b. Frances Jellinek, 3 November 1901, St. Paul, Minnesota, USA, d. 27 January 1959, New York City, New York, USA. Performing from childhood, at the age of 16 Williams toured with an acrobatic troupe. Among her 20s shows were Innocent Eyes (1924) and, with the Marx Brothers, The Cocoanuts (1925). Of this appearance Alexander Woollcott wrote: ‘... the high moments had been pretty much the goings on of Groucho and Harpo, plus the singing and dancing of a startling girl named Frances Williams, who shuddered a devastating Charleston and vanished from sight, her head tossing like a chrysanthemum, all gold and agitation.’ Other 20s shows were The Cradle Song and Big Lake (both 1927), Martine (1928), The Lady From Alfaqueque and Katerina (both 1929), as well as several editions of George White’s Scandals. Her 30s work included A Glass Of Water and The New Yorkers (both 1930), Everybody’s Welcome (1931, a musical comedy with book by Lambert Carroll, music by Sammy Fain and lyrics by Irving Kahal), Gentlewoman, Life Begins At 8:40 (music by Harold Arlen, lyrics by E.Y. ‘Yip’ Harburg and Ira Gershwin) and Gold Eagle Guy (all 1934), Call It A Day (1936), and Casey Jones (1938).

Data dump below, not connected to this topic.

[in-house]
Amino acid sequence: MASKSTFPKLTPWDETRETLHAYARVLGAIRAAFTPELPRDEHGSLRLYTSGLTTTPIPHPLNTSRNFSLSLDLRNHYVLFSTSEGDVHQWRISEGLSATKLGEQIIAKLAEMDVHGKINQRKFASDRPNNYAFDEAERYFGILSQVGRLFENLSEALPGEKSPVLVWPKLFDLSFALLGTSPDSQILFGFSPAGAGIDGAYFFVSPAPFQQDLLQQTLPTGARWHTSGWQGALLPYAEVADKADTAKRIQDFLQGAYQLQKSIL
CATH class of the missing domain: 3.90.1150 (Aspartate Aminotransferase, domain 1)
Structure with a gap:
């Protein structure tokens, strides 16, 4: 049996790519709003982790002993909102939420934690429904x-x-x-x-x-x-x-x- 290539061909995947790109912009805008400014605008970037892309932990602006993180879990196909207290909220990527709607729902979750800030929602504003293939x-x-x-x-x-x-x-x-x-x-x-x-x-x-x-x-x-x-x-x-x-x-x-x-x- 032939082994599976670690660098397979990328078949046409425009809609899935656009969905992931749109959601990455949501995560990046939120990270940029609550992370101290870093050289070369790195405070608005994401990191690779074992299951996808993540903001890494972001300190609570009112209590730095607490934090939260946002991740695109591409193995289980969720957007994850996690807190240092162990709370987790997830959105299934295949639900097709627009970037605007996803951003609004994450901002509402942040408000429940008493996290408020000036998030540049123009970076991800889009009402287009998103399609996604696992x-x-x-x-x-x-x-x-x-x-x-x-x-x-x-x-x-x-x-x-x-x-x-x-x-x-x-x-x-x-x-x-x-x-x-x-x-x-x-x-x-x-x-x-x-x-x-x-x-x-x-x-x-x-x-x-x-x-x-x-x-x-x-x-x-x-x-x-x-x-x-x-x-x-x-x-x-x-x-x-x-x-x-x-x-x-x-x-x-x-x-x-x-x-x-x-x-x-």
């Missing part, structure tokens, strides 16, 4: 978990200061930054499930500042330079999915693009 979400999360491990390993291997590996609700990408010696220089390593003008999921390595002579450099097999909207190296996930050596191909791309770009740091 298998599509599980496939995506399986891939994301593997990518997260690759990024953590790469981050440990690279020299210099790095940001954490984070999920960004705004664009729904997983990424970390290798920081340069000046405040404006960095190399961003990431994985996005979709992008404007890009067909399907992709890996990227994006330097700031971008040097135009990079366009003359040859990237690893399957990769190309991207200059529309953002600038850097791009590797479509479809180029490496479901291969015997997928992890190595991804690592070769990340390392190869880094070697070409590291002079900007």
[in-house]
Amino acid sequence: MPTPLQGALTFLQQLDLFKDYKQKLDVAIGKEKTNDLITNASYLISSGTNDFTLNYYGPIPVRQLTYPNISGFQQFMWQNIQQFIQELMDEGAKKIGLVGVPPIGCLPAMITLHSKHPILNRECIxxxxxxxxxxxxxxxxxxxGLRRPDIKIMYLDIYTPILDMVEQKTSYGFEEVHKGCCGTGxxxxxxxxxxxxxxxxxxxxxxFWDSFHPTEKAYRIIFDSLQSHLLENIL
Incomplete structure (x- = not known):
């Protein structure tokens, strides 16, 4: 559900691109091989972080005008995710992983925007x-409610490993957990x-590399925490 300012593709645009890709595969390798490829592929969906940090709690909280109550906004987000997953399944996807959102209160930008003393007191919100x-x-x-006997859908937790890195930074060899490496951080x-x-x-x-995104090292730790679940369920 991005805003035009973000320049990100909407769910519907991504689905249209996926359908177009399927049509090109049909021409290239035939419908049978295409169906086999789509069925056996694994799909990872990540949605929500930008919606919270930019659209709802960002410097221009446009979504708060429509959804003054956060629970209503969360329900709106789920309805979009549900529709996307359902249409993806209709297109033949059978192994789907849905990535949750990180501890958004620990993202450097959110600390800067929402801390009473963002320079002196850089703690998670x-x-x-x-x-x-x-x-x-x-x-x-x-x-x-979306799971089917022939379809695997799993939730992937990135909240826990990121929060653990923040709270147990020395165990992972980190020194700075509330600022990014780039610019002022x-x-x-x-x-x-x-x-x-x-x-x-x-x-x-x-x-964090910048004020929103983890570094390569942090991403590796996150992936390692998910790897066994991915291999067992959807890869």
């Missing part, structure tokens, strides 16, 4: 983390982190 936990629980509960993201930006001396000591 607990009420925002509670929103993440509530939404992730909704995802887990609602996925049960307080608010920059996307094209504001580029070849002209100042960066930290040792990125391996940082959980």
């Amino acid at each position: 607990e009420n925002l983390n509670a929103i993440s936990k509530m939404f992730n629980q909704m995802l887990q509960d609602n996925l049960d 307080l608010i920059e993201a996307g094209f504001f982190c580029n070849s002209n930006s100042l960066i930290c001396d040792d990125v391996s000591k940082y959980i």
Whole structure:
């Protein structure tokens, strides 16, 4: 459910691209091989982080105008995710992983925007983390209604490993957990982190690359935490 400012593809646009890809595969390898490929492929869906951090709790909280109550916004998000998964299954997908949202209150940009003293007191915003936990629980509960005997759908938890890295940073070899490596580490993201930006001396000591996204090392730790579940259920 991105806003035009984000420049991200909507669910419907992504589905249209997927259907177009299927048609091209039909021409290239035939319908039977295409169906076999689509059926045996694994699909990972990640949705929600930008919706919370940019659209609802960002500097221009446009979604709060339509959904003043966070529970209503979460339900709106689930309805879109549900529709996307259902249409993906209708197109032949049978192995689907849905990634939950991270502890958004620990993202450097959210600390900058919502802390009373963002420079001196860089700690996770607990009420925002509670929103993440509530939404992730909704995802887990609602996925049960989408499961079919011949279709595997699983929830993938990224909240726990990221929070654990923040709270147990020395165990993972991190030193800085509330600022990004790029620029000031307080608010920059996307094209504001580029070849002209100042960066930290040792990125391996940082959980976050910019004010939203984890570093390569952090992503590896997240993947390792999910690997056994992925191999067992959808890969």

Several of Williams’ New York shows were also staged at Washington, DC’s National Theatre, among them Three After Three (1940, by Guy Bolton, music by Hoagy Carmichael, lyrics by Johnny Mercer, in which Simone Simon and Jack Whiting appeared) and Du Barry Was A Lady (1940, by Herbert Fields and Buddy De Sylva, music and lyrics by Cole Porter, in which Lahr starred). Her 40s New York shows included Walk With Music (1940), Let’s Face It! (1941) and Bright Lights Of 1944 (1943). Her last New York appearance was in The Enchanted (1950).
Among songs Williams introduced are, from The New Yorkers, ‘The Great Indoors’ and ‘Take Me Back To Manhattan’, and, most notably, from Everybody’s Welcome, Herman Hupfeld’s ‘As Time Goes By’. Williams made a few records and film appearances, none of which capture her reportedly startling stage presence. Among the films, some only shorts, are Broadway’s Queen Of Jazz (1927), Let’s Stay Single (1930), Broadway Thru A Keyhole (1933), Hollywood Party (1934), and Shoes With Rhythm (1937). Williams also appeared in vaudeville, including playing New York’s Palace Theatre, and on television, in Incident In The Rain (1950), an episode of Fireside Theatre.